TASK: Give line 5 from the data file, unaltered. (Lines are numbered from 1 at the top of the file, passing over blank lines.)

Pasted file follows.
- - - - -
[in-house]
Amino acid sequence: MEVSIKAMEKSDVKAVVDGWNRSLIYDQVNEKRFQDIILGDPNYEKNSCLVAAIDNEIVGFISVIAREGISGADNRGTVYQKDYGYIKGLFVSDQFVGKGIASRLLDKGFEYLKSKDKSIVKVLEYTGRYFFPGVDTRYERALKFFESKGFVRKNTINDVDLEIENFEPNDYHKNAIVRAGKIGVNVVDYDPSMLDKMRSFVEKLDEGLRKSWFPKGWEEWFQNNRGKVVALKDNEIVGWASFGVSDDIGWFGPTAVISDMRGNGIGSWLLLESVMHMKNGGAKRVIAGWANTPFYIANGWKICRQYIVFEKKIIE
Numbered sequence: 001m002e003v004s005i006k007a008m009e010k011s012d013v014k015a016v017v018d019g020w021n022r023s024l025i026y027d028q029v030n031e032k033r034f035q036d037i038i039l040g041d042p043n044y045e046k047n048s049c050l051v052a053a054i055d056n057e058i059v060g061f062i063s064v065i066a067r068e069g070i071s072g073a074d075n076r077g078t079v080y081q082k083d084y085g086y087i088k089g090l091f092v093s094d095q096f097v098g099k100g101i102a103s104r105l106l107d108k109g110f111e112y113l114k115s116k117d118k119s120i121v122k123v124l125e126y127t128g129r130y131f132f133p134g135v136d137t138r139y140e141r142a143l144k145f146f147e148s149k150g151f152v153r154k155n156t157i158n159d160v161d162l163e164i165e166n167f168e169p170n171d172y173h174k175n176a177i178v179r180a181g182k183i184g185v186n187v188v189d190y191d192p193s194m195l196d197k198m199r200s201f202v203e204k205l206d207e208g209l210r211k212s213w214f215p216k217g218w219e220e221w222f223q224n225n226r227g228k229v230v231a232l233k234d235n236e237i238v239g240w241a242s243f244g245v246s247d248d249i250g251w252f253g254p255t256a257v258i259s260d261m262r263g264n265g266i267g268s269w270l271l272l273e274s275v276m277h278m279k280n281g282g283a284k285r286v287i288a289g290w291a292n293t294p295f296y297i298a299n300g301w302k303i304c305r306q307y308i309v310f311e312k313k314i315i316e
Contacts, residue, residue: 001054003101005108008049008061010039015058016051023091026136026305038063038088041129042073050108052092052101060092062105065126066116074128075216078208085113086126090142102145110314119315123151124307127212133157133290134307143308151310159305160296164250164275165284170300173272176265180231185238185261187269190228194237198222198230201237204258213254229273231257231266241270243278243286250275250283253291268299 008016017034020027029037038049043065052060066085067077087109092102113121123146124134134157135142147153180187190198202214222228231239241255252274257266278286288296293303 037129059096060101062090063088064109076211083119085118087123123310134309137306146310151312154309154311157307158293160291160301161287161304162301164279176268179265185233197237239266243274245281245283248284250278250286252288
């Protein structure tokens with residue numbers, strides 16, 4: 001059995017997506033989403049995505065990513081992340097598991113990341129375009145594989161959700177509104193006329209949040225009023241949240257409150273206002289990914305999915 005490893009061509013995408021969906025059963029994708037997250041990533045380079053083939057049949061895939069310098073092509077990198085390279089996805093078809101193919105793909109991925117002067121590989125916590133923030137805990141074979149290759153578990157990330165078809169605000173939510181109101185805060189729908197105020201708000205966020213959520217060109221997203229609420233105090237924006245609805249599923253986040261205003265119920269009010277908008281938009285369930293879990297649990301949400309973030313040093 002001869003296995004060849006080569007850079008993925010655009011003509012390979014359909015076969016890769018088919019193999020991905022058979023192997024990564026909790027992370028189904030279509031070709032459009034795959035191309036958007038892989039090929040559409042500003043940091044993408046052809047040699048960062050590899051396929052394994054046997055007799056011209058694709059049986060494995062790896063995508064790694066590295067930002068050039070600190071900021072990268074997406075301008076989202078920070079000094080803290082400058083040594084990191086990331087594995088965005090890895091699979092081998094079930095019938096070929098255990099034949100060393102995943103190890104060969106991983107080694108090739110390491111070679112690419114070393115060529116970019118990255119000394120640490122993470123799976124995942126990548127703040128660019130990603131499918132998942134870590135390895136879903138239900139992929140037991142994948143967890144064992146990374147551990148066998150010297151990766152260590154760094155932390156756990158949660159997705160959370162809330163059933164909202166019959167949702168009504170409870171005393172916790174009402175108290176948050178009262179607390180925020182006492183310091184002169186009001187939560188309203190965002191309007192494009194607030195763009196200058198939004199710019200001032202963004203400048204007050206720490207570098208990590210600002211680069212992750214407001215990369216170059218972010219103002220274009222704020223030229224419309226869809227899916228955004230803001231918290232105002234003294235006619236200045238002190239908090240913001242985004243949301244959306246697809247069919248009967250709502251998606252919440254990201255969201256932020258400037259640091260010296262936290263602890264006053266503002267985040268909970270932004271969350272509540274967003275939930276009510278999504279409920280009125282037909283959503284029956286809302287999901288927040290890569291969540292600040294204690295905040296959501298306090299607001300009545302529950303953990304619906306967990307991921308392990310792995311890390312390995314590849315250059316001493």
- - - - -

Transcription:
């Protein structure tokens with residue numbers, strides 16, 4: 001059995017997506033989403049995505065990513081992340097598991113990341129375009145594989161959700177509104193006329209949040225009023241949240257409150273206002289990914305999915 005490893009061509013995408021969906025059963029994708037997250041990533045380079053083939057049949061895939069310098073092509077990198085390279089996805093078809101193919105793909109991925117002067121590989125916590133923030137805990141074979149290759153578990157990330165078809169605000173939510181109101185805060189729908197105020201708000205966020213959520217060109221997203229609420233105090237924006245609805249599923253986040261205003265119920269009010277908008281938009285369930293879990297649990301949400309973030313040093 002001869003296995004060849006080569007850079008993925010655009011003509012390979014359909015076969016890769018088919019193999020991905022058979023192997024990564026909790027992370028189904030279509031070709032459009034795959035191309036958007038892989039090929040559409042500003043940091044993408046052809047040699048960062050590899051396929052394994054046997055007799056011209058694709059049986060494995062790896063995508064790694066590295067930002068050039070600190071900021072990268074997406075301008076989202078920070079000094080803290082400058083040594084990191086990331087594995088965005090890895091699979092081998094079930095019938096070929098255990099034949100060393102995943103190890104060969106991983107080694108090739110390491111070679112690419114070393115060529116970019118990255119000394120640490122993470123799976124995942126990548127703040128660019130990603131499918132998942134870590135390895136879903138239900139992929140037991142994948143967890144064992146990374147551990148066998150010297151990766152260590154760094155932390156756990158949660159997705160959370162809330163059933164909202166019959167949702168009504170409870171005393172916790174009402175108290176948050178009262179607390180925020182006492183310091184002169186009001187939560188309203190965002191309007192494009194607030195763009196200058198939004199710019200001032202963004203400048204007050206720490207570098208990590210600002211680069212992750214407001215990369216170059218972010219103002220274009222704020223030229224419309226869809227899916228955004230803001231918290232105002234003294235006619236200045238002190239908090240913001242985004243949301244959306246697809247069919248009967250709502251998606252919440254990201255969201256932020258400037259640091260010296262936290263602890264006053266503002267985040268909970270932004271969350272509540274967003275939930276009510278999504279409920280009125282037909283959503284029956286809302287999901288927040290890569291969540292600040294204690295905040296959501298306090299607001300009545302529950303953990304619906306967990307991921308392990310792995311890390312390995314590849315250059316001493």